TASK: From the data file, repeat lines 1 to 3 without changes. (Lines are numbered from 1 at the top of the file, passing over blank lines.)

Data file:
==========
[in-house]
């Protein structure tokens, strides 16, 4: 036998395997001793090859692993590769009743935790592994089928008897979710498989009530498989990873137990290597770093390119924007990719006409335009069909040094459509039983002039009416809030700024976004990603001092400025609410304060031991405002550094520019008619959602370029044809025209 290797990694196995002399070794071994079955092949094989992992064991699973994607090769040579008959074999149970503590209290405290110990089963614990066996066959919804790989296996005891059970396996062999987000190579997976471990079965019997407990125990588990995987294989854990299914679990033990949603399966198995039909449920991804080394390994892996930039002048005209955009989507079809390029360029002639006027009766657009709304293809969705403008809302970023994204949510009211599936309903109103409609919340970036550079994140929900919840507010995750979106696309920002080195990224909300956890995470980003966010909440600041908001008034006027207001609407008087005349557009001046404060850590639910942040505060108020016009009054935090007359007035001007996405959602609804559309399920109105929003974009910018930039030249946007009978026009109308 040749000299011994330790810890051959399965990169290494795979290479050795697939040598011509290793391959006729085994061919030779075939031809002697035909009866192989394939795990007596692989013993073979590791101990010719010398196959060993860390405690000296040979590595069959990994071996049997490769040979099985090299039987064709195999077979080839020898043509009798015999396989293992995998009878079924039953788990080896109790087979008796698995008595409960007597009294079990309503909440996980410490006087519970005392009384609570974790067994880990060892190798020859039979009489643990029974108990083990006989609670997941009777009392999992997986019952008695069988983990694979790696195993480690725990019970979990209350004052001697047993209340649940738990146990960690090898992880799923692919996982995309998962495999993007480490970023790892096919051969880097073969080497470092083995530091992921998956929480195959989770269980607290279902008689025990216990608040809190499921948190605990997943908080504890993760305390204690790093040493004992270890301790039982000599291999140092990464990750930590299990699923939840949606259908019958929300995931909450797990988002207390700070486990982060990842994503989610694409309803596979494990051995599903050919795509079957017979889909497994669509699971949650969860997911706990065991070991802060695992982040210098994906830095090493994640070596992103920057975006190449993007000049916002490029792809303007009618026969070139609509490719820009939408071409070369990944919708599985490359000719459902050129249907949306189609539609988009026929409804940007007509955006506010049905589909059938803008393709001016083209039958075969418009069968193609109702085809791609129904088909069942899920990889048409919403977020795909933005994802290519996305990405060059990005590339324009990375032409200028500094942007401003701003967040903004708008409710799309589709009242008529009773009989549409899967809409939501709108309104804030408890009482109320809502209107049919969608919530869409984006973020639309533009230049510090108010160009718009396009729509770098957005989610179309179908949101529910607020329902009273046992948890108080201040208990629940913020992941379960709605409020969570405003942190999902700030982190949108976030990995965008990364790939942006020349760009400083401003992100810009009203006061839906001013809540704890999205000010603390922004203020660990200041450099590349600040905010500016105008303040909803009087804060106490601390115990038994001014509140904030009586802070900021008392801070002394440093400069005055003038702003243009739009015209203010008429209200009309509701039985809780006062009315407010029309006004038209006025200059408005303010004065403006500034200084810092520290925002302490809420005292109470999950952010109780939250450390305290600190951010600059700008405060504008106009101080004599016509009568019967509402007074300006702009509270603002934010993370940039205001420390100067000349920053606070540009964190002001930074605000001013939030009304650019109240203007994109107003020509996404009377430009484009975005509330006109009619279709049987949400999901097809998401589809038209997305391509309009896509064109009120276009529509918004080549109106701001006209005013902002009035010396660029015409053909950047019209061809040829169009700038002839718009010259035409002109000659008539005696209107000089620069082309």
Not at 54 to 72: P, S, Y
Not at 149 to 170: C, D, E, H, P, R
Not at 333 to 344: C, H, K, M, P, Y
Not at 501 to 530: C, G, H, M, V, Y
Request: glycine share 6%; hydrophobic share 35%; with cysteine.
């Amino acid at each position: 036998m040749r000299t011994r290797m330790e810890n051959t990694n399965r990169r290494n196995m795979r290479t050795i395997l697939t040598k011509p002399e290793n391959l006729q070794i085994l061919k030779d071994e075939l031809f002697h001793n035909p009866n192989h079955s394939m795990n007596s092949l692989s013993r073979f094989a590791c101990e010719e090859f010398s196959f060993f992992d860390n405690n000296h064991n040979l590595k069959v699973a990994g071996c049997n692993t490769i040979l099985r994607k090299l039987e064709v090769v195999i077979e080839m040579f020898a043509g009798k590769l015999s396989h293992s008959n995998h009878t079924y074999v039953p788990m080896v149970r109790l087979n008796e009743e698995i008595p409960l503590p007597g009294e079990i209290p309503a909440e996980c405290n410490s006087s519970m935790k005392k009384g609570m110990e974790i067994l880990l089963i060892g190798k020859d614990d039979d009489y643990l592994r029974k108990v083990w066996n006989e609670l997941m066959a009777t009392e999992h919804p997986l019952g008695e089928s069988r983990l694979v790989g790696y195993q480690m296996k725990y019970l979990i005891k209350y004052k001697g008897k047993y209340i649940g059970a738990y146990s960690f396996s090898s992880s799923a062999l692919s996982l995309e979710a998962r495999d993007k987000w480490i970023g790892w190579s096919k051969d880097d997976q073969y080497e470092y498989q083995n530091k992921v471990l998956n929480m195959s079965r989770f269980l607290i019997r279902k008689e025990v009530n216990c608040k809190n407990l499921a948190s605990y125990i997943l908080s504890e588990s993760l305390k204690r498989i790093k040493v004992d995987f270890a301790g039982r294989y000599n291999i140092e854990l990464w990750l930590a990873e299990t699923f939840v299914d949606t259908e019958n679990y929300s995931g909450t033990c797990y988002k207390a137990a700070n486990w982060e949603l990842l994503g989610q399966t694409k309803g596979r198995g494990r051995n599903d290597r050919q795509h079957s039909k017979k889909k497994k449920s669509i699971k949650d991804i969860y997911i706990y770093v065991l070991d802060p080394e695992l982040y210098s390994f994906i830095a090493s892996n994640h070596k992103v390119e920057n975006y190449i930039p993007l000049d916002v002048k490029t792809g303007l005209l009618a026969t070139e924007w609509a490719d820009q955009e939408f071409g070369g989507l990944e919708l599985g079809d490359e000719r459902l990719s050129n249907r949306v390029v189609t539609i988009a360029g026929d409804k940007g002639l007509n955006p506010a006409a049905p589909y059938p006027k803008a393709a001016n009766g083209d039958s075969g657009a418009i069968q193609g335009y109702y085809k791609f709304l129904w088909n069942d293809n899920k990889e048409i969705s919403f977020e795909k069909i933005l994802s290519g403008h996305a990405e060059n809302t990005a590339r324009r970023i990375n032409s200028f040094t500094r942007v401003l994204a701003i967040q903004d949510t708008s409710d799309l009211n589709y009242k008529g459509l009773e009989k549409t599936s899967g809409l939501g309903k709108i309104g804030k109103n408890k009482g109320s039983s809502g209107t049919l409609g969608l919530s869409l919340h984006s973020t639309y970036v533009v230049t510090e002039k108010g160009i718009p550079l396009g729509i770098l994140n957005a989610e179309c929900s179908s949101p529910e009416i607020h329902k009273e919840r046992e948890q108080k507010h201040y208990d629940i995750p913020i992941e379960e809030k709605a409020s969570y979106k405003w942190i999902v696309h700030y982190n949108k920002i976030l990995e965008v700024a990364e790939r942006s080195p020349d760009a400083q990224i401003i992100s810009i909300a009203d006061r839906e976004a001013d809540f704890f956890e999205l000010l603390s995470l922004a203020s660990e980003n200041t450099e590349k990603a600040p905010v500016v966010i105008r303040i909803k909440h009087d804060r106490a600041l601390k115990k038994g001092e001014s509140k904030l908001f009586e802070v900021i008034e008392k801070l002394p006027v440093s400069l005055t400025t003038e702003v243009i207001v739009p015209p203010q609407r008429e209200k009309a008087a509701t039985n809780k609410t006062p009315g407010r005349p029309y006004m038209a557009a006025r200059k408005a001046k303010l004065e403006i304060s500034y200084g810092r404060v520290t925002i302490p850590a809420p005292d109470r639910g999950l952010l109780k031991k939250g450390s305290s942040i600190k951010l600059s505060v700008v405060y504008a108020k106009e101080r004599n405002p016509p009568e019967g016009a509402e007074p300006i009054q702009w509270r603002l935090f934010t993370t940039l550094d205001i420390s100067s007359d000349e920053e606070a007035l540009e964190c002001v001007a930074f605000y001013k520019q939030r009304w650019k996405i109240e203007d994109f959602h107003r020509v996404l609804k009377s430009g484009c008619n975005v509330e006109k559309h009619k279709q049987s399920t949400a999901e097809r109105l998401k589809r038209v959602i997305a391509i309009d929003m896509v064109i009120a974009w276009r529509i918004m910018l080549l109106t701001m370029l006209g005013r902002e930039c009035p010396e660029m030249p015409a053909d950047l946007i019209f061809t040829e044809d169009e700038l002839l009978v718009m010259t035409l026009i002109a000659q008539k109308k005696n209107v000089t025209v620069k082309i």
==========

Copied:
[in-house]
């Protein structure tokens, strides 16, 4: 036998395997001793090859692993590769009743935790592994089928008897979710498989009530498989990873137990290597770093390119924007990719006409335009069909040094459509039983002039009416809030700024976004990603001092400025609410304060031991405002550094520019008619959602370029044809025209 290797990694196995002399070794071994079955092949094989992992064991699973994607090769040579008959074999149970503590209290405290110990089963614990066996066959919804790989296996005891059970396996062999987000190579997976471990079965019997407990125990588990995987294989854990299914679990033990949603399966198995039909449920991804080394390994892996930039002048005209955009989507079809390029360029002639006027009766657009709304293809969705403008809302970023994204949510009211599936309903109103409609919340970036550079994140929900919840507010995750979106696309920002080195990224909300956890995470980003966010909440600041908001008034006027207001609407008087005349557009001046404060850590639910942040505060108020016009009054935090007359007035001007996405959602609804559309399920109105929003974009910018930039030249946007009978026009109308 040749000299011994330790810890051959399965990169290494795979290479050795697939040598011509290793391959006729085994061919030779075939031809002697035909009866192989394939795990007596692989013993073979590791101990010719010398196959060993860390405690000296040979590595069959990994071996049997490769040979099985090299039987064709195999077979080839020898043509009798015999396989293992995998009878079924039953788990080896109790087979008796698995008595409960007597009294079990309503909440996980410490006087519970005392009384609570974790067994880990060892190798020859039979009489643990029974108990083990006989609670997941009777009392999992997986019952008695069988983990694979790696195993480690725990019970979990209350004052001697047993209340649940738990146990960690090898992880799923692919996982995309998962495999993007480490970023790892096919051969880097073969080497470092083995530091992921998956929480195959989770269980607290279902008689025990216990608040809190499921948190605990997943908080504890993760305390204690790093040493004992270890301790039982000599291999140092990464990750930590299990699923939840949606259908019958929300995931909450797990988002207390700070486990982060990842994503989610694409309803596979494990051995599903050919795509079957017979889909497994669509699971949650969860997911706990065991070991802060695992982040210098994906830095090493994640070596992103920057975006190449993007000049916002490029792809303007009618026969070139609509490719820009939408071409070369990944919708599985490359000719459902050129249907949306189609539609988009026929409804940007007509955006506010049905589909059938803008393709001016083209039958075969418009069968193609109702085809791609129904088909069942899920990889048409919403977020795909933005994802290519996305990405060059990005590339324009990375032409200028500094942007401003701003967040903004708008409710799309589709009242008529009773009989549409899967809409939501709108309104804030408890009482109320809502209107049919969608919530869409984006973020639309533009230049510090108010160009718009396009729509770098957005989610179309179908949101529910607020329902009273046992948890108080201040208990629940913020992941379960709605409020969570405003942190999902700030982190949108976030990995965008990364790939942006020349760009400083401003992100810009009203006061839906001013809540704890999205000010603390922004203020660990200041450099590349600040905010500016105008303040909803009087804060106490601390115990038994001014509140904030009586802070900021008392801070002394440093400069005055003038702003243009739009015209203010008429209200009309509701039985809780006062009315407010029309006004038209006025200059408005303010004065403006500034200084810092520290925002302490809420005292109470999950952010109780939250450390305290600190951010600059700008405060504008106009101080004599016509009568019967509402007074300006702009509270603002934010993370940039205001420390100067000349920053606070540009964190002001930074605000001013939030009304650019109240203007994109107003020509996404009377430009484009975005509330006109009619279709049987949400999901097809998401589809038209997305391509309009896509064109009120276009529509918004080549109106701001006209005013902002009035010396660029015409053909950047019209061809040829169009700038002839718009010259035409002109000659008539005696209107000089620069082309």
Not at 54 to 72: P, S, Y